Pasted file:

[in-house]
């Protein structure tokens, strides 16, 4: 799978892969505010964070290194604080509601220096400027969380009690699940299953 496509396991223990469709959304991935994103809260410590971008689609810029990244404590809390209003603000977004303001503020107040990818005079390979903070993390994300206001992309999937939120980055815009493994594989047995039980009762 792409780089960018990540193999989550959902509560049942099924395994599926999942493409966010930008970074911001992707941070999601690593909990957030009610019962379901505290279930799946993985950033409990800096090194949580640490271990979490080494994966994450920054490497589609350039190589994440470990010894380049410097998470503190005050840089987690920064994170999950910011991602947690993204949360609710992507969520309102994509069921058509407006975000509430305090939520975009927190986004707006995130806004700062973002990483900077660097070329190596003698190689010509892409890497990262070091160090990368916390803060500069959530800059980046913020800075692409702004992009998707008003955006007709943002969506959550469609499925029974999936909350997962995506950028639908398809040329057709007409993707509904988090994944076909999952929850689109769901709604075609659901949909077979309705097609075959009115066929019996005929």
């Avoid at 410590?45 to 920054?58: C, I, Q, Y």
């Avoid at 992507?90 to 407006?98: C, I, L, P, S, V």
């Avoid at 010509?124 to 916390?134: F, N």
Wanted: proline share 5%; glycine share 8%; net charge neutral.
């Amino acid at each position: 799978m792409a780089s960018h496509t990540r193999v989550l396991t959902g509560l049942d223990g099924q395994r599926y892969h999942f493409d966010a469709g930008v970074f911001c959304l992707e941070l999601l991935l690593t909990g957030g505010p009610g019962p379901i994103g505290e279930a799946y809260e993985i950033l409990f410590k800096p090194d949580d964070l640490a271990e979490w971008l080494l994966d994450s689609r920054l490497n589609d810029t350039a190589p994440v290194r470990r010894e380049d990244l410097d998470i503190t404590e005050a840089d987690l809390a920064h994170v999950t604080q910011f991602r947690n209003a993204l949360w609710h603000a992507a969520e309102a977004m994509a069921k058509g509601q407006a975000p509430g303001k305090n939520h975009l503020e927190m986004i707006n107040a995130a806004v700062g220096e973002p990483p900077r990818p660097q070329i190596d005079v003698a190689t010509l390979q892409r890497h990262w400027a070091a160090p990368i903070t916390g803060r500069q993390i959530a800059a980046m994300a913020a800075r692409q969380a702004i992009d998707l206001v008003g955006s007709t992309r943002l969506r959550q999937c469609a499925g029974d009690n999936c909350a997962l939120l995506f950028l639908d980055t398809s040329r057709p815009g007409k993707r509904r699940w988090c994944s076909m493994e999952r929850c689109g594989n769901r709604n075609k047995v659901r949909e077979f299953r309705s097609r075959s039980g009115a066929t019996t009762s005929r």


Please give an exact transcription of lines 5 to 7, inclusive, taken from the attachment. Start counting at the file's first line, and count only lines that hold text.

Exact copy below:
């Avoid at 010509?124 to 916390?134: F, N």
Wanted: proline share 5%; glycine share 8%; net charge neutral.
């Amino acid at each position: 799978m792409a780089s960018h496509t990540r193999v989550l396991t959902g509560l049942d223990g099924q395994r599926y892969h999942f493409d966010a469709g930008v970074f911001c959304l992707e941070l999601l991935l690593t909990g957030g505010p009610g019962p379901i994103g505290e279930a799946y809260e993985i950033l409990f410590k800096p090194d949580d964070l640490a271990e979490w971008l080494l994966d994450s689609r920054l490497n589609d810029t350039a190589p994440v290194r470990r010894e380049d990244l410097d998470i503190t404590e005050a840089d987690l809390a920064h994170v999950t604080q910011f991602r947690n209003a993204l949360w609710h603000a992507a969520e309102a977004m994509a069921k058509g509601q407006a975000p509430g303001k305090n939520h975009l503020e927190m986004i707006n107040a995130a806004v700062g220096e973002p990483p900077r990818p660097q070329i190596d005079v003698a190689t010509l390979q892409r890497h990262w400027a070091a160090p990368i903070t916390g803060r500069q993390i959530a800059a980046m994300a913020a800075r692409q969380a702004i992009d998707l206001v008003g955006s007709t992309r943002l969506r959550q999937c469609a499925g029974d009690n999936c909350a997962l939120l995506f950028l639908d980055t398809s040329r057709p815009g007409k993707r509904r699940w988090c994944s076909m493994e999952r929850c689109g594989n769901r709604n075609k047995v659901r949909e077979f299953r309705s097609r075959s039980g009115a066929t019996t009762s005929r």